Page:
By Kub Marshman
I can feel my upper lip begin to take that familiar shape. It's the same shape my dad's lip used to make whenever he was about ready to explode with fury. That was the first sign of danger, friends. God help whoever was on the receiving end of "the lip" and verbal assault.
There I was, in our local Wal-Mart, with my seven-year-old, Adam. Adam has autism and does not speak. Some children with autism have "their thing." Some stare at ceiling fans, some stare at windows, or some stare at Kelly Ripa for hours (scratch the Ripa comment – that's his old man). Adam's "thing" is doors. Opening and closing doors, especially when he enters a different environment from home, is what Adam does to calm himself (or maybe he just loves to do it – who the heck knows).
There we were walking down the main aisle on one end of the store, heading to aisle number 7. When we pass the freezer section Adam can't help himself. He always makes his way to the same door, gives it a good fling, runs back to me as quickly as possible, and turns around to admire his work. "How annoying," bellows this person who was walking straight at us.
A metamorphosis begins. Not only does my upper lip begin to curl, but my blood pressure spikes to somewhere around 263/182. Like David Banner turning into the incredible hulk, I transform from the usually easy going Kub Marshman into James A Marshman, my deceased father of all that is/was right in this world. Instead of being green, I'm red with anger. I respond with, "Excuse me?!?!" "You shouldn't let him do that", continues this person. "I try not to let him 'do that', but he has autism. He can't help it," I shoot back. "That doesn't matter, you need to make him stop," says this person. I erupt. "DO I KNOW YOU?! YOU NEED TO MIND YOURSELF MA'AM! DO YOU UNDERSTAND WHAT I AM TELLING YOU?" (caps inserted to try and capture the moment)
The whole time this person is backing away from me, literally walking backwards, waving a hand at me as though I was a pesky fly. "You better go get him. He just left with your cart," the person responds. Without looking behind me I say, "I know where he is headed.
He is going to aisle 7. WE ALWAYS GO TO AISLE SEVEN!"
While in Super Target' Adam and I cruise the Halloween gear (to me, I like adding the French thingy at the end of the word "Target." It always makes the store sound so exotic). Adam has discovered that when you push the button on top of this candy bowl, a skeleton hand comes out and tries to grab your hand. Needless to say, this fascinates him. While Adam is paying attention to this bowl a person walks up and says hi to Adam. "Hi, my name is Chris. What is your name?" Adam doesn't hear him or see him. All he can concentrate on is that bowl. "Why doesn't he talk to me?" asked Chris. "He doesn't mean to ignore you Chris", I explain. "His name is Adam, he has autism, and he doesn't talk." "I know", says Chris. "I'll make eye contact with him. He'll have to look at me." Chris steps in front of Adam and tries to introduce himself again. By this time Adam has pushed the bowl button, run about 10 feet, turned around, and watched the hand come out. Adam was at the height of pleasure. "It's as if he doesn't even hear you", Chris observes. "That has to be frustrating for you", Chris says profoundly. I was a little stunned at this observation. "Sometimes it is Chris. Sometimes it is", as my eyes well up.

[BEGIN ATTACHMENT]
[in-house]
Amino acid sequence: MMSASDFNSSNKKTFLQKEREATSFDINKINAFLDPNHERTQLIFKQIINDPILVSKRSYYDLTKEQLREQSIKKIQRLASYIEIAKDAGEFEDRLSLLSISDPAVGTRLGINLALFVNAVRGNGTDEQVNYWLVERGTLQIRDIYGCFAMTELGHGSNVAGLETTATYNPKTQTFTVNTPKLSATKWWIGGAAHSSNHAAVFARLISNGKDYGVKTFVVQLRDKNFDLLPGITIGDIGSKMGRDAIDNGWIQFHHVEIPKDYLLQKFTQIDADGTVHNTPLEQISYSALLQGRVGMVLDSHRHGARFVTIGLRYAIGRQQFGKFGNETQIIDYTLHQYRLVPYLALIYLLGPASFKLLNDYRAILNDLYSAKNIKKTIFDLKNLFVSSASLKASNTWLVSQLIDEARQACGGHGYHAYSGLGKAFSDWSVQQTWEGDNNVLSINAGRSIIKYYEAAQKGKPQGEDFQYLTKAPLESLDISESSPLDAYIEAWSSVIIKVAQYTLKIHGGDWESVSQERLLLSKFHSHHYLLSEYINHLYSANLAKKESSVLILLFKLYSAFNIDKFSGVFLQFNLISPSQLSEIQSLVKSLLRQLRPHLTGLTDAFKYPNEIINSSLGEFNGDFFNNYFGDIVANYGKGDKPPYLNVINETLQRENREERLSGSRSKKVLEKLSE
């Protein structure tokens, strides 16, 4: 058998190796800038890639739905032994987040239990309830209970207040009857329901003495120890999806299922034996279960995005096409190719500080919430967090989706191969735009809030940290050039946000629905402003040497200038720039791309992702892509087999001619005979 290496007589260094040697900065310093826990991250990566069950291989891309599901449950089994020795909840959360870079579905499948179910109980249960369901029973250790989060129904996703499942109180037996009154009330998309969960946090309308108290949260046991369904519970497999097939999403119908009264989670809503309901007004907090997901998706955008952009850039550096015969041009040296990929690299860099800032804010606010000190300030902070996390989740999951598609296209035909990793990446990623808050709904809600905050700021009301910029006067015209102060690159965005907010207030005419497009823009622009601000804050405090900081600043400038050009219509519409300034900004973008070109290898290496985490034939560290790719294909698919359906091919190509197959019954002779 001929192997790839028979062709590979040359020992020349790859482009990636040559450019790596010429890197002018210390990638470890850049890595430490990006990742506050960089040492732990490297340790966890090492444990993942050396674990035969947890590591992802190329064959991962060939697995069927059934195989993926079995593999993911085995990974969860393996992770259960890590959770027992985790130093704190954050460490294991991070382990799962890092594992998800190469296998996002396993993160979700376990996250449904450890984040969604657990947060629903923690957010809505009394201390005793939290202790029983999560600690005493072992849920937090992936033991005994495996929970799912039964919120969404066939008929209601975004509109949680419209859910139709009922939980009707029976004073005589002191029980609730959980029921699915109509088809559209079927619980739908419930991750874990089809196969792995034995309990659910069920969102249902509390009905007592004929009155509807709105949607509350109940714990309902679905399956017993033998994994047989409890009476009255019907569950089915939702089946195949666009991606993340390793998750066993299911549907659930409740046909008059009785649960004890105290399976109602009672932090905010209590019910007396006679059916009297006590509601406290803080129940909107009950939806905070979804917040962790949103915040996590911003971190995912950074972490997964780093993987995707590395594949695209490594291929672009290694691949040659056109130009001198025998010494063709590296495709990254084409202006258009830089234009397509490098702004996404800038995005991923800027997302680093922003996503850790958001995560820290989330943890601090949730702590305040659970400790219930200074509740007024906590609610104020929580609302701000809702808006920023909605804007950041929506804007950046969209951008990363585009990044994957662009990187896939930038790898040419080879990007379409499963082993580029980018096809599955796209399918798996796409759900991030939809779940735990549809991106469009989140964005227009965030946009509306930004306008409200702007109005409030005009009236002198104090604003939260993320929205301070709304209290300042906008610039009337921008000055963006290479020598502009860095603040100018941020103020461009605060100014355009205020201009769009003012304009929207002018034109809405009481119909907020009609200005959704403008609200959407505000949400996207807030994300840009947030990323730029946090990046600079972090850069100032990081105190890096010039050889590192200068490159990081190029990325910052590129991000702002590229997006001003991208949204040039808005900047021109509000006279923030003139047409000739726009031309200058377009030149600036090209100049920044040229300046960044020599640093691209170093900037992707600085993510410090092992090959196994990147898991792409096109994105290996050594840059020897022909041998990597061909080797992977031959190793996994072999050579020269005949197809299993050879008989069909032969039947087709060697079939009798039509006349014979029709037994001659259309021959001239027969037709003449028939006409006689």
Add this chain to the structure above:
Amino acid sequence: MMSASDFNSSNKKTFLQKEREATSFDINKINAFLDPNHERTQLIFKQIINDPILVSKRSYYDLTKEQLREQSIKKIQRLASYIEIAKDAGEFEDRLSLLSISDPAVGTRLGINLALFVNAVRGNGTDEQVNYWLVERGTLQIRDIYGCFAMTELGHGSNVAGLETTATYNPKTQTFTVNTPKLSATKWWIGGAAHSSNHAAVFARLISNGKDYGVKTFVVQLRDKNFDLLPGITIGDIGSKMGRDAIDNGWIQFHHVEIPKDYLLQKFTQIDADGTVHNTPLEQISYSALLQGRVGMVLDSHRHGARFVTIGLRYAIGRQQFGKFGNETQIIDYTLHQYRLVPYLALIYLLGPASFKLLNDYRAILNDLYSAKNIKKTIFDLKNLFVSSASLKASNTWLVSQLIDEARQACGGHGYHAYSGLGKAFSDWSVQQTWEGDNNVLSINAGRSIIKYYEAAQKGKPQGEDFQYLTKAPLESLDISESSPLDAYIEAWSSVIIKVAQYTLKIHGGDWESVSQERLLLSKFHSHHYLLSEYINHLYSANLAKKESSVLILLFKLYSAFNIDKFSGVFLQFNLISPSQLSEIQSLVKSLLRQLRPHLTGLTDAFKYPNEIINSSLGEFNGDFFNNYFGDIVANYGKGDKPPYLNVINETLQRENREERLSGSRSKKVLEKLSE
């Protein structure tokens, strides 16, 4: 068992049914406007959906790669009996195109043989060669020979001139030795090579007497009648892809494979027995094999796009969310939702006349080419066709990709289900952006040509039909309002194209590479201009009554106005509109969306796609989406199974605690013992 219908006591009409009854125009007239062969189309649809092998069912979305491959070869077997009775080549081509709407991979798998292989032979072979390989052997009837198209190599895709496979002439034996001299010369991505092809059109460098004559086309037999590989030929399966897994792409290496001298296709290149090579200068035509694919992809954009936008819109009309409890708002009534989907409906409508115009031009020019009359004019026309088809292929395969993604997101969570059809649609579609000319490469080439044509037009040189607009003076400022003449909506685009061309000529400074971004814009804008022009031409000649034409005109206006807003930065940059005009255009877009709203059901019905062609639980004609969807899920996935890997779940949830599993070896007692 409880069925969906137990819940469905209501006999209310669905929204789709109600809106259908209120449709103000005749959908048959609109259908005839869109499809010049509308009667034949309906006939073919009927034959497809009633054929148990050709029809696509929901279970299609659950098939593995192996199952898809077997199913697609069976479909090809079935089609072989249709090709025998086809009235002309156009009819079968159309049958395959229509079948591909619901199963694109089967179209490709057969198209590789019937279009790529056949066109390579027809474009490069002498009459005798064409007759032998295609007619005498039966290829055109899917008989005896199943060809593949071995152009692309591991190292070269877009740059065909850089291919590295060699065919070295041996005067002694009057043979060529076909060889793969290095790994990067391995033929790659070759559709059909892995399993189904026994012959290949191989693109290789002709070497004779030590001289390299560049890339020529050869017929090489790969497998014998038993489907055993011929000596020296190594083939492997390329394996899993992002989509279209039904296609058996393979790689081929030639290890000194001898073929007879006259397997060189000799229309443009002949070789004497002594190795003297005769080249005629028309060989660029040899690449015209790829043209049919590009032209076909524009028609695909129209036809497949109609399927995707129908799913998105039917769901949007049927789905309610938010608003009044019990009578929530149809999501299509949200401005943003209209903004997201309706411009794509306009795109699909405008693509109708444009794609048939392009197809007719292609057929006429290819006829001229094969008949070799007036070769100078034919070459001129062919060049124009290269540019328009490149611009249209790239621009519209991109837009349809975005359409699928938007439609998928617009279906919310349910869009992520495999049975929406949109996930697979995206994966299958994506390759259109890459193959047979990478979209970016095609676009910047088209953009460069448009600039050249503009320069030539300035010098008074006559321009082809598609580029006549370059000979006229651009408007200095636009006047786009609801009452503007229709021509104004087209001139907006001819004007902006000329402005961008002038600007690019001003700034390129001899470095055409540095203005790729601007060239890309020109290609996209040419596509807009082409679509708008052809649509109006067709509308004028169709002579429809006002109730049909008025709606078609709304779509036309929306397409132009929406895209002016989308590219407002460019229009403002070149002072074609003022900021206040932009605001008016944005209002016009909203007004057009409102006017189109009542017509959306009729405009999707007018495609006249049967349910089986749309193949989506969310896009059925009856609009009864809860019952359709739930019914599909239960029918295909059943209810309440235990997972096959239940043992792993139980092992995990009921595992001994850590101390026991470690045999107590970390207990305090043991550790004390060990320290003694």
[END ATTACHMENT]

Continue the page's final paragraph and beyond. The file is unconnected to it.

Can you guess the age of the 2 people above? The Wal-Mart lady was probably in her early 30's. The Target boy Chris was about 4 or 5. In less than 5 minutes, Chris not only made more sense than Wal-Mart lady, but he showed both Adam and me some kindness. He was seeking to understand. He wasn't upset because Adam was more interested in the skeleton bowl than him. He wasn't upset because Adam was dominating the time spent with that candy bowl. Chris was genuinely interested. Chris was looking to help a brother. Four to five years old, guys. He didn't have a hint of ugliness. Wal-Mart lady was the walking ugly. I expect Chris will do wonderful things in this life. He couldn't have been more kind to us that Saturday in Super Target'.
As I continue to march towards my goal of local awareness of autism, I'm reminded there will be days filled with both experiences above. Don't let the ugliness of some deter you from your destination. Others you encounter may be more educated, but don't let them swat you away like a fly. In a way Wal-Mart lady did me a favor that day. Her utter contempt encouraged me to work harder locally. All I know is the congressman's aide I'm preparing to meet with had better not try to swat me away, walking backwards.
Otherwise, he may see James A. Marshman appear and Mr. Marshman doesn't take prisoners.
Kub and wife Cheryl have been married for 19-years and live in South Bend, Indiana with their 7-year-old son Adam and Cheryl's mom Ginny. We're not only Adam's parents, but we're also his voice. We're not trying to change the world, just our little corner of it.